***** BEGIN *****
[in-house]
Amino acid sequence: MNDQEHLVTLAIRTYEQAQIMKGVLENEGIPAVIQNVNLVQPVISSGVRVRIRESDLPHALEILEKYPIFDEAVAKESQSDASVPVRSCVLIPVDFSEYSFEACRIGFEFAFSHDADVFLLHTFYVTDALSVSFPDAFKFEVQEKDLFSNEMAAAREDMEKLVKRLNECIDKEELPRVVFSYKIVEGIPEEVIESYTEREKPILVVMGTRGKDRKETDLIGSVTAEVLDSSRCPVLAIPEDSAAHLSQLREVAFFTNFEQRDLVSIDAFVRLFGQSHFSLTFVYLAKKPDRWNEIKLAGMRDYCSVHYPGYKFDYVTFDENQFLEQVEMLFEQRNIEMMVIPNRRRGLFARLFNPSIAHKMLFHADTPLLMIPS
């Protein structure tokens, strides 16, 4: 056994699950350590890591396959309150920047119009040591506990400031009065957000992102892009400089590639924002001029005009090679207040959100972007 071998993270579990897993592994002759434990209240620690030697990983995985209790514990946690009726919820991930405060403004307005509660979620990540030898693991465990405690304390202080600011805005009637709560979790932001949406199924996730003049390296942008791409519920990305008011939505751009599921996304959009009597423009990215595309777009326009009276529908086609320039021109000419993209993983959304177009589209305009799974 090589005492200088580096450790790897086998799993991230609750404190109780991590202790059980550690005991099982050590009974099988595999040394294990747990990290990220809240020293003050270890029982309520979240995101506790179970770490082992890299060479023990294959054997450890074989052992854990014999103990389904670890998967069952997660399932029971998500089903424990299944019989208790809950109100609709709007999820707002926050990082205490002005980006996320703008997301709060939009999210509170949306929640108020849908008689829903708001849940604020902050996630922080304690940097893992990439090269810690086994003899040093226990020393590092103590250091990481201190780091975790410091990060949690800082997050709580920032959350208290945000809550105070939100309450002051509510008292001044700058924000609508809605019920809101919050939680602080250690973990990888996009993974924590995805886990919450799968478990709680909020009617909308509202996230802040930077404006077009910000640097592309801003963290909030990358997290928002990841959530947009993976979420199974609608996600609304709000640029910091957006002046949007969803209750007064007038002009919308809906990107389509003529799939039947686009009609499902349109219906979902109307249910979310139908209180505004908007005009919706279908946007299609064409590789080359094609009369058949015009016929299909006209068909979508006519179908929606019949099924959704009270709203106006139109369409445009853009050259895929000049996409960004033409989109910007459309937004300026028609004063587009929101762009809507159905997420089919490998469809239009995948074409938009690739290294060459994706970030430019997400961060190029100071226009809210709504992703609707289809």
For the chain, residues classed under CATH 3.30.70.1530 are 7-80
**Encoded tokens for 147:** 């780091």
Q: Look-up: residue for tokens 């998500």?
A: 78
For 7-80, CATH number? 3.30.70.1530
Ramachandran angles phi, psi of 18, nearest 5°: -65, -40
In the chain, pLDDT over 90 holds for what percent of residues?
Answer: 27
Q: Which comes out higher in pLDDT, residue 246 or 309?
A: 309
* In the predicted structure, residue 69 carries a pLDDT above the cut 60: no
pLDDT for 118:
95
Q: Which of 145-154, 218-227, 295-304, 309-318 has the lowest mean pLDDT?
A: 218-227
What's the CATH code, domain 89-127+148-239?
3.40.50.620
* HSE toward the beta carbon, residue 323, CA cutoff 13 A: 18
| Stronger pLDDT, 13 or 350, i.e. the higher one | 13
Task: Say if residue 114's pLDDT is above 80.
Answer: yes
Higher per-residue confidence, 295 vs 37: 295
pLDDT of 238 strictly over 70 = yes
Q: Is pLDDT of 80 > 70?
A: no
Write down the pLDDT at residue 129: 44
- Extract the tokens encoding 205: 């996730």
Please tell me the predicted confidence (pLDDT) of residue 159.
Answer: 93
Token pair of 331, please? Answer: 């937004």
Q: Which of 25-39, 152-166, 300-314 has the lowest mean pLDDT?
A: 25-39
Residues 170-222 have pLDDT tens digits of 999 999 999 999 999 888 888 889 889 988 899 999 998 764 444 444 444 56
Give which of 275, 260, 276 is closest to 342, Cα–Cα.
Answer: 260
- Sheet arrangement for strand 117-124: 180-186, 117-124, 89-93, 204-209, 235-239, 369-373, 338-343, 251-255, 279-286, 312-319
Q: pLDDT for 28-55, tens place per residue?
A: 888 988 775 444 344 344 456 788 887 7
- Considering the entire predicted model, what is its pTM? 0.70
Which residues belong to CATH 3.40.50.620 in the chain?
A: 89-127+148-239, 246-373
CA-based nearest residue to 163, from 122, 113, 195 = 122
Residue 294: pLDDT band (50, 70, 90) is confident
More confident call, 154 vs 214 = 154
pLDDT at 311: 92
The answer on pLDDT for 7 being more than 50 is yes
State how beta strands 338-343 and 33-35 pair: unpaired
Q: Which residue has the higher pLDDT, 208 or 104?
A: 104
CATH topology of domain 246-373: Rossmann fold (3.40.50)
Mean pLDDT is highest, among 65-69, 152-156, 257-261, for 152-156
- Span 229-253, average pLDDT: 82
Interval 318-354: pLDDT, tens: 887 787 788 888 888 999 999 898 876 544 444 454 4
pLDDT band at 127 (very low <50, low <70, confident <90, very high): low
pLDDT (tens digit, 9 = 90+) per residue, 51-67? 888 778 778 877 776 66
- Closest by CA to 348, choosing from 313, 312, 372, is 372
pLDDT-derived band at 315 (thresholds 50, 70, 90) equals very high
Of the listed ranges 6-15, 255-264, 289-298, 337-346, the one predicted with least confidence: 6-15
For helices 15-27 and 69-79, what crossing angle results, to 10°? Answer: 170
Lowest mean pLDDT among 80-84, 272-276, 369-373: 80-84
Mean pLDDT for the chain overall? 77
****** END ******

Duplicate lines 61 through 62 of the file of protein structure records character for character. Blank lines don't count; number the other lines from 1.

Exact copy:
Of the listed ranges 6-15, 255-264, 289-298, 337-346, the one predicted with least confidence: 6-15
For helices 15-27 and 69-79, what crossing angle results, to 10°? Answer: 170